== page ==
There was definitely a lot of self-doubt — especially because it’s such a huge undertaking, but not in a way that ever threatened to stop me completely. I think because I didn’t have a timeline of when I wanted the book written or when I wanted it published, I honestly just kept trucking along. I knew I’d get there in the end, so even if I took months off writing, I’d get back to it eventually. It helped to think of it as taking little bites at a time rather than trying to eat the whole elephant all at once. I used smaller goals to keep me on track. I had a word count of 1600 words that I had to hit every day and I’d write until I reached it.

CW: Which authors, if any, influence you as a writer? If you had to choose, who is your favorite author?

Oh so many. I am a huge reader and I really think that every book, every writer, influences you in some way. I was brought up on J.K.Rowling’s work, but I think my favourite author at the moment is V. E. Schwab.

CW: Do your studies at all have any impact on your writing?

I definitely think my love of language and all of my courses on the feminist perspective and female voices in literature have influenced my novel.

CW: You have so many wonderful fairy tale retellings short stories and I love that you have a collection available for readers, but do you ever think you’ll do novel based on a retelling?

Haha, I tried! Contest of Queens started as a Jack and the Beanstalk retelling way back when I was 15, but the end result is so far removed that I don’t think it’s possible to consider it a retelling. Even my fairy tale treasury (The Rose Petal Princess and other fairy tales) are all unique originals.  I personally love retellings and love to read the different twists people put on the classics, but for me, when I write, I love to tell my own stories. That doesn’t mean I might not write a retelling in the future, but I have too many new stories jostling around my brain to put to paper first.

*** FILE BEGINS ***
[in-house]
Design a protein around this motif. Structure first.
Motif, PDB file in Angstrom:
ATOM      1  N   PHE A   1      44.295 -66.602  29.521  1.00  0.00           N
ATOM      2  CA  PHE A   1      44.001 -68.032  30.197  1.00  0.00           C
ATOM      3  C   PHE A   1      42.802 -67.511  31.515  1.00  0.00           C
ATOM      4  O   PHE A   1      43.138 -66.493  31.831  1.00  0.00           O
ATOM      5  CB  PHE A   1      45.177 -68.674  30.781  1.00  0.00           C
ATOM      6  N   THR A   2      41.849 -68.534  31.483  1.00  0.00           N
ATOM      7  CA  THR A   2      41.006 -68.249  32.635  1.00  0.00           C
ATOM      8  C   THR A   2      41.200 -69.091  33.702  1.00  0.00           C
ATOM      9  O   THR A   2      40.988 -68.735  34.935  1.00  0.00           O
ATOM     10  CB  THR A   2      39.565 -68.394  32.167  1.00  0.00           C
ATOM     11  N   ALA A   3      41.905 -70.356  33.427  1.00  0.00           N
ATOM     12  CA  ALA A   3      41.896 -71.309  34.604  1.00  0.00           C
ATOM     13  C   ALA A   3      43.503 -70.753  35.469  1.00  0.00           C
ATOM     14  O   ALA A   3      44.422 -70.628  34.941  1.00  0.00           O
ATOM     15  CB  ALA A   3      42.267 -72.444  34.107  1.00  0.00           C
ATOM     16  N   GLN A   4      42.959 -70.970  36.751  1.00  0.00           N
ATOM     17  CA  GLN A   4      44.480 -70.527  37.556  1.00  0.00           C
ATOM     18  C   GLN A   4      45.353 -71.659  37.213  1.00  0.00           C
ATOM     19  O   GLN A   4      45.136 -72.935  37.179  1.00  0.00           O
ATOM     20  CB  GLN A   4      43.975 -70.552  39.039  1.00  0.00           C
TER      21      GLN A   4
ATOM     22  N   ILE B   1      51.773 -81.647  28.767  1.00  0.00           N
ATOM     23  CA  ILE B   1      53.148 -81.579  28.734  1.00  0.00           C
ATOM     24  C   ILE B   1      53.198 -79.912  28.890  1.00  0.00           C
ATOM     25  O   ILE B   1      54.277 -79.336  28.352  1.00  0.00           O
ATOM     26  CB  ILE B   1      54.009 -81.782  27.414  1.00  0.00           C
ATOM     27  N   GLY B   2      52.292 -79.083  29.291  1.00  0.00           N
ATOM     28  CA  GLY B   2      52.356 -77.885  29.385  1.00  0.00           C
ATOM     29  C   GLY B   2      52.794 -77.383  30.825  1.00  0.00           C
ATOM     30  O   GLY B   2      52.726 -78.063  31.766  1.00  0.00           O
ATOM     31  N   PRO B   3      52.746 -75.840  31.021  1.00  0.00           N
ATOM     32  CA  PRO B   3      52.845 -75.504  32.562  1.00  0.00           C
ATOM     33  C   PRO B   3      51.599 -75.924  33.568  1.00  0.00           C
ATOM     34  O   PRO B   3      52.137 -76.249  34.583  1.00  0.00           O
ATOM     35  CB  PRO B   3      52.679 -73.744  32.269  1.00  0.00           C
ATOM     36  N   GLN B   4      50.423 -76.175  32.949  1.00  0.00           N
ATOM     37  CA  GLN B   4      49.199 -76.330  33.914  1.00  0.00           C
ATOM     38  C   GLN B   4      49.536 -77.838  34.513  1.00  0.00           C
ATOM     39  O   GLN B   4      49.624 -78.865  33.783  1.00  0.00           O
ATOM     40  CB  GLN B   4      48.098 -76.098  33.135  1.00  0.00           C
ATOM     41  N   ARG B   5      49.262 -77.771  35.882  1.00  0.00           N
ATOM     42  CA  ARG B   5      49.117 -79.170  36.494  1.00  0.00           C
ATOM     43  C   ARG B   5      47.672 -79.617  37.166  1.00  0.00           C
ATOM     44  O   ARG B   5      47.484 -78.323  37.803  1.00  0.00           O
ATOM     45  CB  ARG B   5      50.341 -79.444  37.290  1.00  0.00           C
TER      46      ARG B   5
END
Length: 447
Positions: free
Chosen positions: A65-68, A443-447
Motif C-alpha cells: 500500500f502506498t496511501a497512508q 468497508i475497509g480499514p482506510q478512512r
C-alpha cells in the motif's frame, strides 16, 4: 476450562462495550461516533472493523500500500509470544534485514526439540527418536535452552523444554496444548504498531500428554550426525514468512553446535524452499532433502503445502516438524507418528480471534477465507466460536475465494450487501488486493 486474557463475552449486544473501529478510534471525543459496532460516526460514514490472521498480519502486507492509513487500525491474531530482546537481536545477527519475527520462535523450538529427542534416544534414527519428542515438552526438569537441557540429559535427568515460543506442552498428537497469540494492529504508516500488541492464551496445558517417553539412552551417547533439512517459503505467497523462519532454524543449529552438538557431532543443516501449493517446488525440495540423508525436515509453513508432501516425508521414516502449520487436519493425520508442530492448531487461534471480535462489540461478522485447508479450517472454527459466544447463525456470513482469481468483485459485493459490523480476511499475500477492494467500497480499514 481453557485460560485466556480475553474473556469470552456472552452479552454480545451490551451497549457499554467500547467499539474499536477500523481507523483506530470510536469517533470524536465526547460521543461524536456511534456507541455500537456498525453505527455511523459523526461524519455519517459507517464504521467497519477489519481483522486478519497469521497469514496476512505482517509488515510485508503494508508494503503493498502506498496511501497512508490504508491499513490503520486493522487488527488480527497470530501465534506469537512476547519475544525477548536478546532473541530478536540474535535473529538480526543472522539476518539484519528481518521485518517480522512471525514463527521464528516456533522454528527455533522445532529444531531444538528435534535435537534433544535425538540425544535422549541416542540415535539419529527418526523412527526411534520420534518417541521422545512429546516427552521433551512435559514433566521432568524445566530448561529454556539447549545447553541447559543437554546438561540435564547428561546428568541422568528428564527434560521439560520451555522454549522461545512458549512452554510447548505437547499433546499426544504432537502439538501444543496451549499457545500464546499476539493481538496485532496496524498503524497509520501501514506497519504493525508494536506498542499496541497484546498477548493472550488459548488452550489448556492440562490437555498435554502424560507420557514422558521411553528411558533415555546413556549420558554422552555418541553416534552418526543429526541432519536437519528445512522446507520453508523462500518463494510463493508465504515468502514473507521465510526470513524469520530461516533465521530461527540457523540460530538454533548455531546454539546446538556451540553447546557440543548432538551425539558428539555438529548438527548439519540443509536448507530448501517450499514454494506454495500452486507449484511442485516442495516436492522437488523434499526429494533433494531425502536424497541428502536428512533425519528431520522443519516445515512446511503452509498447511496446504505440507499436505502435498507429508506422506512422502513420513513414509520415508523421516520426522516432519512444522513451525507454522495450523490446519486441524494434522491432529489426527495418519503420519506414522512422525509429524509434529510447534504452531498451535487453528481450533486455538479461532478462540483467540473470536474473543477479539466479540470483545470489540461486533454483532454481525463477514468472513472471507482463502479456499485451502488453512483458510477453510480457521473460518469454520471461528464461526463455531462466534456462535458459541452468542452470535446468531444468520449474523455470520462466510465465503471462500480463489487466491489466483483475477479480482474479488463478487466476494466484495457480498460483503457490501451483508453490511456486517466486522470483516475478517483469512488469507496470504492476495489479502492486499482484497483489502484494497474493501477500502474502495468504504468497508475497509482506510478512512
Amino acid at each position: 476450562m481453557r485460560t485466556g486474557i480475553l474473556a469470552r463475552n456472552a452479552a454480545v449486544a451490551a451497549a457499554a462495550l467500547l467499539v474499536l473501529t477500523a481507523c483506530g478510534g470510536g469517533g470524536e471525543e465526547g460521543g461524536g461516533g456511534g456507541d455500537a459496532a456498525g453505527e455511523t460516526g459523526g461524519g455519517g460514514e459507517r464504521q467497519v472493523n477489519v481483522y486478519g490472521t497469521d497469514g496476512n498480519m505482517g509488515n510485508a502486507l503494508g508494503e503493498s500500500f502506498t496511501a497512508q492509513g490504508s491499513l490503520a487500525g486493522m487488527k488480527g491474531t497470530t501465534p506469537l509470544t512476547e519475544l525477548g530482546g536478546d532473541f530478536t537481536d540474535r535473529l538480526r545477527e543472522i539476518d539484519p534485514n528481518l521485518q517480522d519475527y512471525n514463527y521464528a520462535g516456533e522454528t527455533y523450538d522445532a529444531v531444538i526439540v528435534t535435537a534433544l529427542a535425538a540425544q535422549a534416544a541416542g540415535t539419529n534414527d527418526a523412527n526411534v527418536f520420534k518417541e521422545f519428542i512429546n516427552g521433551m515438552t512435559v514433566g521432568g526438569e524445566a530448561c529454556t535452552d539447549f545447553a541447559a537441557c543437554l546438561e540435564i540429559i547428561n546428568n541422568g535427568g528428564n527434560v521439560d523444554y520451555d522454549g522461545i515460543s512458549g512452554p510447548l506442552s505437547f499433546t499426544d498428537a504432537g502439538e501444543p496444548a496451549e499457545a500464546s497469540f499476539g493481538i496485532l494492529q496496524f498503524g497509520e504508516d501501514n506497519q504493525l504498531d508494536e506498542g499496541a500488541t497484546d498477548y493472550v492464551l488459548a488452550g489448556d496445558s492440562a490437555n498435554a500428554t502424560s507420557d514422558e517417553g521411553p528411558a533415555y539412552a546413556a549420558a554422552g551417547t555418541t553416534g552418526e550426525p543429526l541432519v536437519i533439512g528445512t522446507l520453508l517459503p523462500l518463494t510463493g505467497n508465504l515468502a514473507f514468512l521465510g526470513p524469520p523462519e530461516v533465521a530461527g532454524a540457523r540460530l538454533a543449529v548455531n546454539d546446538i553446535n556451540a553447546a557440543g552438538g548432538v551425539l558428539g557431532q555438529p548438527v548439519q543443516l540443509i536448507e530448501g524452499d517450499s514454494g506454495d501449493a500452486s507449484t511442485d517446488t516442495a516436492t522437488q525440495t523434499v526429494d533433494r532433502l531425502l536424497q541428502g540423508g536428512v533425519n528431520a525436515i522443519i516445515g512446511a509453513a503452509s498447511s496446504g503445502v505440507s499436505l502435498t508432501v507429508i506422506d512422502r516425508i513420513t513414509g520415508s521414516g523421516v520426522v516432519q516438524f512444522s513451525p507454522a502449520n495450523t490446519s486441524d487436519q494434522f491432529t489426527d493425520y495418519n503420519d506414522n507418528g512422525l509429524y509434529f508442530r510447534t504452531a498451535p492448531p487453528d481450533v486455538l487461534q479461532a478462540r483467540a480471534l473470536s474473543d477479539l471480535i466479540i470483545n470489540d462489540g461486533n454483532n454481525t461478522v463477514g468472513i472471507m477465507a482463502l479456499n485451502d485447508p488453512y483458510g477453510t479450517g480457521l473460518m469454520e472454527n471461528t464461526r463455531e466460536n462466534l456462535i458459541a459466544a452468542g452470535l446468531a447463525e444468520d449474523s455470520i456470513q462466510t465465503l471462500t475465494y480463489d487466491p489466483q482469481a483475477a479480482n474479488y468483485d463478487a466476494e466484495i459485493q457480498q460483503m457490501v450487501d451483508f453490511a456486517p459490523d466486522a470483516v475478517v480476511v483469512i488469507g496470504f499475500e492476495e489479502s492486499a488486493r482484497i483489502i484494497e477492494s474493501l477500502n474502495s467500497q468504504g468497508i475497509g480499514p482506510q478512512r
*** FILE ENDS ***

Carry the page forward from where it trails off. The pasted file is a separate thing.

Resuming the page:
CW: If you must choose, and you must, what would you say is your favorite fairy tale?

The Little Mermaid by Hans Christian Andersen. It was so unique for its time, but with such a universal message of belonging. It’s a masterpiece. Plus, Disney’s adaptation is stunning.

CW: What drives you as a writer?

The idea that I can inspire someone I’ve never met. To give back in that way, after I’ve had the fortune of being so inspired by authors myself, would be such an honor.

CW: Do you have any other novels planned? If so, can you give us a hint?

I do! I have just signed the sequel to Contest of Queens with CamCat Books and I am so excited to tell more of Jacs and Connor’s story!

CW: Final question, what are you reading now? And which do you prefer: Physical or ebooks?

I’m currently reading The Song of Achilles by Madeline Miller and I am absolutely in raptures. Hands down I prefer physical books. I love the smell, the weight, the feel of them- and there’s such magic that every time you read a physical book, it gets a little more worn. Like it comes along with you on the adventure.

Thank you so much for having me, I’ve loved answering these questions! Live magically 🙂